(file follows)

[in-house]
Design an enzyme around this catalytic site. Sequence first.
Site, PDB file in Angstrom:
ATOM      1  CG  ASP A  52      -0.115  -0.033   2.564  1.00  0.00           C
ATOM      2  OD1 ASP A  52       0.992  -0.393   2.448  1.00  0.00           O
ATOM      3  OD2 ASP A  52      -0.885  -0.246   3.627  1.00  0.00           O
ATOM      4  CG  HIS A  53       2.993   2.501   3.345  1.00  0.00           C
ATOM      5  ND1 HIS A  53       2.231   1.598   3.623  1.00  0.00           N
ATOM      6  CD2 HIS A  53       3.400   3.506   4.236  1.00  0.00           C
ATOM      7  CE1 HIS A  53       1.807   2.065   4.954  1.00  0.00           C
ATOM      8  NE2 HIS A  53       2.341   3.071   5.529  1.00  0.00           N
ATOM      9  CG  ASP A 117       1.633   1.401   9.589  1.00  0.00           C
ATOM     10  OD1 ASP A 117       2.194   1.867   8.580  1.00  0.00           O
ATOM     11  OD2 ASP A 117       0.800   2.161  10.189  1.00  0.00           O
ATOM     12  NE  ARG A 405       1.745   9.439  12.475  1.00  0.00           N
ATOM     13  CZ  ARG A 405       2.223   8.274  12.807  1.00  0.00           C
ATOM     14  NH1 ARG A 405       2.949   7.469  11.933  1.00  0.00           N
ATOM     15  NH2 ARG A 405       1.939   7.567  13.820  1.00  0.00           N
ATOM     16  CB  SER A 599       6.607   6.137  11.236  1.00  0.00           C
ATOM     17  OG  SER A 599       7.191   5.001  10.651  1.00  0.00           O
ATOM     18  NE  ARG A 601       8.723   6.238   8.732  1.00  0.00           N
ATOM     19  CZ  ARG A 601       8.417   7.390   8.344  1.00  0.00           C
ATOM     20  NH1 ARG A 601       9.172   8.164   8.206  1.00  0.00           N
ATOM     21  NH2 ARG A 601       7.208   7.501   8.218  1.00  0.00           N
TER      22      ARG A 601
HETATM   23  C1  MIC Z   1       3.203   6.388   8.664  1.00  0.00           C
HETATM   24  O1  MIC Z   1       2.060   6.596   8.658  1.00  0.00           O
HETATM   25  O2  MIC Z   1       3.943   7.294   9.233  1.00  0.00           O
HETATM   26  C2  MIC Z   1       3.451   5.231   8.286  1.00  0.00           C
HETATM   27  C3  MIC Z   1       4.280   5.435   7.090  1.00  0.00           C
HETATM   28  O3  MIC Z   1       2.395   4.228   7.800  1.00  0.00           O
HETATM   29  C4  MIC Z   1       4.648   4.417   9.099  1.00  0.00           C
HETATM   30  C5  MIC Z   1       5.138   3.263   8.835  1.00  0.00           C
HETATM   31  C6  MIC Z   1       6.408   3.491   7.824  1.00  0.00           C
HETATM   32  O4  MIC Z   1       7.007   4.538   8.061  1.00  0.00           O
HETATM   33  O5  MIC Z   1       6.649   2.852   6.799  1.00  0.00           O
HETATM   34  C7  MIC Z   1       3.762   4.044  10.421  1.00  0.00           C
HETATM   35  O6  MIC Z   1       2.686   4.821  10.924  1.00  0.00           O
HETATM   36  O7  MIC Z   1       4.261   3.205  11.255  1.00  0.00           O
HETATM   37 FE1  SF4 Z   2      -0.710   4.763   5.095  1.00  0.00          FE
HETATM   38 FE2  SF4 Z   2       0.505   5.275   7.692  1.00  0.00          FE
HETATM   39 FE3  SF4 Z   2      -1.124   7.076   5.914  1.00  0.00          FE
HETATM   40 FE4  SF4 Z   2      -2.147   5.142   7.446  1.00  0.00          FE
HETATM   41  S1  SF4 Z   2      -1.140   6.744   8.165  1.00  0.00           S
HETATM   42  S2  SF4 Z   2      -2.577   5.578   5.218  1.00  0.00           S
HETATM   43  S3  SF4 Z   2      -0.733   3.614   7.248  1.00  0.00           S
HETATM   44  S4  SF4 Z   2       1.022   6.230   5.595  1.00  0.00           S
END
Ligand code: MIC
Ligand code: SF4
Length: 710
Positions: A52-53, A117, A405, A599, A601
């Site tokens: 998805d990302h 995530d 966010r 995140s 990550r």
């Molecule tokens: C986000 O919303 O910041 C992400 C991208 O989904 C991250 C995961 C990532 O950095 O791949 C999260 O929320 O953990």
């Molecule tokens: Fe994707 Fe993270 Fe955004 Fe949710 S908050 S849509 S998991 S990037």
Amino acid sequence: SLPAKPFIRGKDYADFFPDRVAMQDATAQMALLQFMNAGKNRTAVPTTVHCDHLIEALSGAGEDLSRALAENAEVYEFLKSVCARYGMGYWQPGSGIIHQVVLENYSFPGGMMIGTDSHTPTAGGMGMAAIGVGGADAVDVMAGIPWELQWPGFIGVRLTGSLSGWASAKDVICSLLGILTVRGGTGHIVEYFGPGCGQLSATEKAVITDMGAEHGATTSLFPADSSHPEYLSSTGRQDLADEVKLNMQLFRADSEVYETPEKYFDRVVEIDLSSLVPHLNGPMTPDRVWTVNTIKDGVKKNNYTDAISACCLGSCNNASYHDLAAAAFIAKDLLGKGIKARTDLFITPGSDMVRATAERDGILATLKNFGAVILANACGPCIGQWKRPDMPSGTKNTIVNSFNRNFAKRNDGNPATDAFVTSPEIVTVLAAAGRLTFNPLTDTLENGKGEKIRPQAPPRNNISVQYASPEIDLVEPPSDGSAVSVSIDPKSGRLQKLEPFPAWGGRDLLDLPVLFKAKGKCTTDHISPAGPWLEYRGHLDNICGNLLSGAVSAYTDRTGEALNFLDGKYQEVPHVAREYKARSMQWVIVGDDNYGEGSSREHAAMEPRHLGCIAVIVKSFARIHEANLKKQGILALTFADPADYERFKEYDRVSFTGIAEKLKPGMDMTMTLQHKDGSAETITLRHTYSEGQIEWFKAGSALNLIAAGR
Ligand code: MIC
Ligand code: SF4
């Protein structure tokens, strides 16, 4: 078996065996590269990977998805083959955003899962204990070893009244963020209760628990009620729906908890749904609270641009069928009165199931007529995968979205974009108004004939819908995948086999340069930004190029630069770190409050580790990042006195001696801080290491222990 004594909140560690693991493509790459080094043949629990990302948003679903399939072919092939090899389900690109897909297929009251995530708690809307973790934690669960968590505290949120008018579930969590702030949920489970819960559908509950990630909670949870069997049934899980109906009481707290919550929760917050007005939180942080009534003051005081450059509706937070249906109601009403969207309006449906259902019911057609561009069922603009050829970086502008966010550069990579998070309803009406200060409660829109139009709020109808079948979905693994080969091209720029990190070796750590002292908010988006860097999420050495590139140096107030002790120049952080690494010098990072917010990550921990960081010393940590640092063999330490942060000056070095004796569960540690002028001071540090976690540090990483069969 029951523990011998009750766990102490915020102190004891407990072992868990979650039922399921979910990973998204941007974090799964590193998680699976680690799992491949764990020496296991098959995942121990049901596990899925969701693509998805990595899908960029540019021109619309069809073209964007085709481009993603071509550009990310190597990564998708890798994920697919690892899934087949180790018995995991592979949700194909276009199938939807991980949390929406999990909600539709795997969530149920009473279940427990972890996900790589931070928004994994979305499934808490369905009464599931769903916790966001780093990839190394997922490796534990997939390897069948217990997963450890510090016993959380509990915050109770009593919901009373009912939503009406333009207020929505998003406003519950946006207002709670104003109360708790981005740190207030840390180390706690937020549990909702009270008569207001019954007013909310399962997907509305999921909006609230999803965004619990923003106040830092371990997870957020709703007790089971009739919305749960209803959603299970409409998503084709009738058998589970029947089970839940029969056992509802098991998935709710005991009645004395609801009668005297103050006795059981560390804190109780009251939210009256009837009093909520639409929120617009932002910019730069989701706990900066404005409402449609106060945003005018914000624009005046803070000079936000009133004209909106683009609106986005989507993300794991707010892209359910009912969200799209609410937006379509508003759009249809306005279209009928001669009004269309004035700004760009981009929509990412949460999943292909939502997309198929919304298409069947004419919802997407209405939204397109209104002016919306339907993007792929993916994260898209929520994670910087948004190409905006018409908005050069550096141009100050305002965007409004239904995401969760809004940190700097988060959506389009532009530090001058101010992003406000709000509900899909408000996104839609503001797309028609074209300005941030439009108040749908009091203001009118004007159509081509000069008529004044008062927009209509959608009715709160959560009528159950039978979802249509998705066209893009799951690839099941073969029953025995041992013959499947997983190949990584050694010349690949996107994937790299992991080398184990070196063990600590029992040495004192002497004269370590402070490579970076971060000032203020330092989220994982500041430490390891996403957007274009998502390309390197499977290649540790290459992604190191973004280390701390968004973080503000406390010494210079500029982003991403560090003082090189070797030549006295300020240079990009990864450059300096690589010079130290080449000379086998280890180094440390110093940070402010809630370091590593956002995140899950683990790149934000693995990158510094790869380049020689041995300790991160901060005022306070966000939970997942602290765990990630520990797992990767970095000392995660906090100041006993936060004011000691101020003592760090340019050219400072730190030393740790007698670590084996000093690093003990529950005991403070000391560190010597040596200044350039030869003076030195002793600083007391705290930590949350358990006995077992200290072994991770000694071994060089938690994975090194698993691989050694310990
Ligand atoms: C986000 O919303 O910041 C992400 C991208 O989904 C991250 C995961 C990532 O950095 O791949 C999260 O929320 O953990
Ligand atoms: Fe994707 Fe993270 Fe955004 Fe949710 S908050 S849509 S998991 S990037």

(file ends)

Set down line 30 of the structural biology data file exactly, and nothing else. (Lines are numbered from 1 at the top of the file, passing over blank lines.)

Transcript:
HETATM   27  C3  MIC Z   1       4.280   5.435   7.090  1.00  0.00           C